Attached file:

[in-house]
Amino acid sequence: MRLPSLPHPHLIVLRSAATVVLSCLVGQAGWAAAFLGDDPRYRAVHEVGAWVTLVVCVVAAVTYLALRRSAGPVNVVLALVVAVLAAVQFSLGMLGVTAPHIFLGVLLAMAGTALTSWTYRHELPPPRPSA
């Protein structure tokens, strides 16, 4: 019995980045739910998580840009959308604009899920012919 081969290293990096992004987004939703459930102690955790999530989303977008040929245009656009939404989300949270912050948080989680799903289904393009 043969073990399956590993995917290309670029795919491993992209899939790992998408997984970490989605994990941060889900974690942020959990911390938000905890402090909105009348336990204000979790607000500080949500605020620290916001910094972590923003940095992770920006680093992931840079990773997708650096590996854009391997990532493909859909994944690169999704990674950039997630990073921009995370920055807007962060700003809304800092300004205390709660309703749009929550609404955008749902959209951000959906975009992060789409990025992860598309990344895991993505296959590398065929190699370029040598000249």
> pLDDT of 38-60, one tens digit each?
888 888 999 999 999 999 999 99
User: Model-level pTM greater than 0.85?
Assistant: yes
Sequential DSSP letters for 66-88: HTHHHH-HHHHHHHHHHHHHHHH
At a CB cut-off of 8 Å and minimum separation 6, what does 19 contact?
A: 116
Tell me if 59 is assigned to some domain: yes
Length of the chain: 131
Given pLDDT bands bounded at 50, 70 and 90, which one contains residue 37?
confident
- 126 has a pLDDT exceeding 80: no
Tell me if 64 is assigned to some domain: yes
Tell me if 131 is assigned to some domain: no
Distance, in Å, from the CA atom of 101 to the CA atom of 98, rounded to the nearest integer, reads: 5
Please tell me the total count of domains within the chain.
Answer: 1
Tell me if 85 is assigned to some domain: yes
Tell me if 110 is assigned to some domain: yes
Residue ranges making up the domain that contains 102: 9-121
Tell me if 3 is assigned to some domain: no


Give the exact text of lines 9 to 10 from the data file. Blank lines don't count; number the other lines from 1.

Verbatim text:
At a CB cut-off of 8 Å and minimum separation 6, what does 19 contact?
A: 116